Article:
The Academy Award Winner discusses his favorite effects in the film, working with Peter Jackson as well as his work on the upcoming Halo and The Lovely Bones films
Having done digital computer work on such movies as The Abyss, two The Lord Of the Rings films and a host of other major Hollywood productions, it seems only fitting that Joe Letteri would eventually win an Academy Award for Best Achievement in Visual Effects for his work on 2005's King Kong.
Moving from Industrial Light and Magic in the United States to WETA Digital in Wellington, New Zealand, Letteri seems to have made a career of creating fantastic spectacles on the big screen. As someone who is in high demand throughout the film industry, Letteri was both gracious and introspective when he sat down for our interview.
How does it feel to win an Oscar for Best Achievement in Visual Effects?
Joe Letteri: Well, it was great, I mean Kong was such a big film and we were so deep into it... it's funny, but you really don't think about those things when you're making a movie. You're just trying to get it all done because there's just so much coming at you constantly, so much that needs to happen.
So it was really nice to be recognized for it. Especially given the other work that was out there this year, because there was just some really good stuff.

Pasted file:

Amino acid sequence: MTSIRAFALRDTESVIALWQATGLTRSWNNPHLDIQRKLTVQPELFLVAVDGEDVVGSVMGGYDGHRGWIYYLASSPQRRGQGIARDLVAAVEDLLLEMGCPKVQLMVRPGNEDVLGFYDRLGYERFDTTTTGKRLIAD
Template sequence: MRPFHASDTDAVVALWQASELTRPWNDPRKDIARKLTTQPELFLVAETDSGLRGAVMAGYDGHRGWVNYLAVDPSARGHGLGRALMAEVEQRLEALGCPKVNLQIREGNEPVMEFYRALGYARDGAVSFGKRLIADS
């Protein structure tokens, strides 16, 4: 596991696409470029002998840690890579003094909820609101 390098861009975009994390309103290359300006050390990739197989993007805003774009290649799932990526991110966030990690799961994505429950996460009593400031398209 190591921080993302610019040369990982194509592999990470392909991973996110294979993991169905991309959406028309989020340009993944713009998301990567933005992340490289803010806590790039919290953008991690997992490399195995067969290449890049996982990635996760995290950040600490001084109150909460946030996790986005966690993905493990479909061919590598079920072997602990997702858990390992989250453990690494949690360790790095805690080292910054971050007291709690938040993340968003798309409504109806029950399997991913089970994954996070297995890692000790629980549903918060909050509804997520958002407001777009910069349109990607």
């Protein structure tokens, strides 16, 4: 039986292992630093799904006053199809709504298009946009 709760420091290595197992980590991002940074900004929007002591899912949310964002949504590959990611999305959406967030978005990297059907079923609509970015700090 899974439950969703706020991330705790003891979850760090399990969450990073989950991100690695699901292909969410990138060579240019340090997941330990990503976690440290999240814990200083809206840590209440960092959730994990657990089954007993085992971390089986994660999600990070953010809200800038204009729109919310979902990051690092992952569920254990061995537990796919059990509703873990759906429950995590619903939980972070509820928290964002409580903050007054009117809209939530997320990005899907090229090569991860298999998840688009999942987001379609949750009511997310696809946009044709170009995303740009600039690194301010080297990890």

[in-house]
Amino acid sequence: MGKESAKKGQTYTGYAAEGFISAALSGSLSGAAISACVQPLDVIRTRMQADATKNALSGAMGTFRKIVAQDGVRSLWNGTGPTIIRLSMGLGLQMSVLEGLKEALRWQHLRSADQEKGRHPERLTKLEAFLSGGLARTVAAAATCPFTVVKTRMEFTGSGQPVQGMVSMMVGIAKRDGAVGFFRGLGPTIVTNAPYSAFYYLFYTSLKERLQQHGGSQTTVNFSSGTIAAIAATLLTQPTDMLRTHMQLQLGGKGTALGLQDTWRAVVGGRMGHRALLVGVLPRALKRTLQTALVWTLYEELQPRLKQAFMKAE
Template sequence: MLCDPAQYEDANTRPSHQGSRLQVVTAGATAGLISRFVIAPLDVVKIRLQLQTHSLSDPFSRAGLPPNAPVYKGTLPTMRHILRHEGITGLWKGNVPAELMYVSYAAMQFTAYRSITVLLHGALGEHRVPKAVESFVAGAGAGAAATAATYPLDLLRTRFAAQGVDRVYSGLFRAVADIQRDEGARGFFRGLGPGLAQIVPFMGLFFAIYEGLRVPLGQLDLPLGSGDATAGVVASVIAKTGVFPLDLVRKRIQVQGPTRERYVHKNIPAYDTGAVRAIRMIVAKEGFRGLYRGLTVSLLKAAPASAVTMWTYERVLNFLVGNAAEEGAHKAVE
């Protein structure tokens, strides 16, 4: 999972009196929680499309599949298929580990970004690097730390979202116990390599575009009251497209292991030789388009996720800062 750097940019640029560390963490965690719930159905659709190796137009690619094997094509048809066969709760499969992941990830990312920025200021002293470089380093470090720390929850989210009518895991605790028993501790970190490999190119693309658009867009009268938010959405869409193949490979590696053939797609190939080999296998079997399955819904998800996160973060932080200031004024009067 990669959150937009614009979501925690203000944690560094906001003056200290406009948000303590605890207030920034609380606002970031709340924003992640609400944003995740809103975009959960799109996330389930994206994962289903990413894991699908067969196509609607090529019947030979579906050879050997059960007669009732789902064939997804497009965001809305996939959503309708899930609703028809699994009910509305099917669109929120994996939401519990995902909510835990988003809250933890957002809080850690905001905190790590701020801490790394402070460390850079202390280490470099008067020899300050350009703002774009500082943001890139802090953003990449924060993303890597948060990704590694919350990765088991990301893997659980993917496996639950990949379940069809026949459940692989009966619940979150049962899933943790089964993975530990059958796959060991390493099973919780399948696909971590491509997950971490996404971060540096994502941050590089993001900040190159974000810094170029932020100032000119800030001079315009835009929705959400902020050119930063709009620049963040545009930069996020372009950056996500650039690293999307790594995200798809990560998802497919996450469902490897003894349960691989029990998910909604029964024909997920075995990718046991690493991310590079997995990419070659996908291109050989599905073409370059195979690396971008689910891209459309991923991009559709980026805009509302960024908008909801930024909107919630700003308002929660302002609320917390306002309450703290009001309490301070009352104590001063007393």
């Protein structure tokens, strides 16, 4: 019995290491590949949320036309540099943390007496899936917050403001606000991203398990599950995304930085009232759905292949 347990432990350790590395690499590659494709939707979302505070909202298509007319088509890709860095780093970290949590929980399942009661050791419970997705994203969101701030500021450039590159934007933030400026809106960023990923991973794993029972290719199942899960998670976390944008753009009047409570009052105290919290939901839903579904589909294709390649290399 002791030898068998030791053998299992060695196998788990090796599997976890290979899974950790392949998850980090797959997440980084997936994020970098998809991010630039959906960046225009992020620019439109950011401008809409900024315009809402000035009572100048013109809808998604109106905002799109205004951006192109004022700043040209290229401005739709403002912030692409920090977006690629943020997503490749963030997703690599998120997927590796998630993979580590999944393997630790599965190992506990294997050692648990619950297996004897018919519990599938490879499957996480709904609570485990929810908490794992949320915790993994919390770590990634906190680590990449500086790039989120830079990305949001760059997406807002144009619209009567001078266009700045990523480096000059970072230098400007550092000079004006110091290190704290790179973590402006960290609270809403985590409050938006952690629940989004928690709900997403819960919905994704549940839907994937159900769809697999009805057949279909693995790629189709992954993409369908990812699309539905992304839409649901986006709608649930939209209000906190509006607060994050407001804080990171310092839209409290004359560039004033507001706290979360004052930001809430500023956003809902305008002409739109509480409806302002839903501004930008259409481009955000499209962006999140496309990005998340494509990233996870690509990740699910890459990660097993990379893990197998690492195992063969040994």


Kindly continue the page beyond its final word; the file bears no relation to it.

What in your opinion was the most challenging aspect of working on King Kong?
Joe Letteri: Creating Kong himself. It just took a long time to find his character. To that line of, "Gee, this is a real creature that lived. This is what happened to him over his whole life." Because we tried to build that whole history into him and getting that to read on his face, just kind of in the way he looked but then also in the way he acted and the way he expressed himself.
And then of course there were all the technical challenges of getting the fur and the muscles and everything working properly. Wrapping all of that up into a package took longer than we thought. We spent a long time really trying to just figure out who he is.
Going into that a bit, when all is said and done and you're sitting in a theater watching the film, or any film that you've worked on... are you able to just watch the movie or because you have worked so painstakingly on it, do you always look at a movie like King Kong differently than a viewer who sees it as one seamless piece?
Joe Letteri: I'm sure I do because I do know it so much in detail. Especially the first viewing, because it's so much like... we finished it so close... like in this case it was the premiere. We finished it only a week before the premiere. You're so close to seeing it and you're used to seeing so much of it, it's almost like you're seeing it at work if you know what I mean because it just kind of rolls right into it.
The second time I saw it I was able to sit back and just watch it, because we try to get all that out before the movie gets released. Look for all the mistakes and look for all the things that are going to trip us up when we watch the movie. The last thing I, or anyone who works on the film wants, is to sit in the movie and be taken out of it. We all want to enjoy the film that's why we make them.
Of all the effects you did on King Kong do you have one you maybe take a little more pride in than all the others?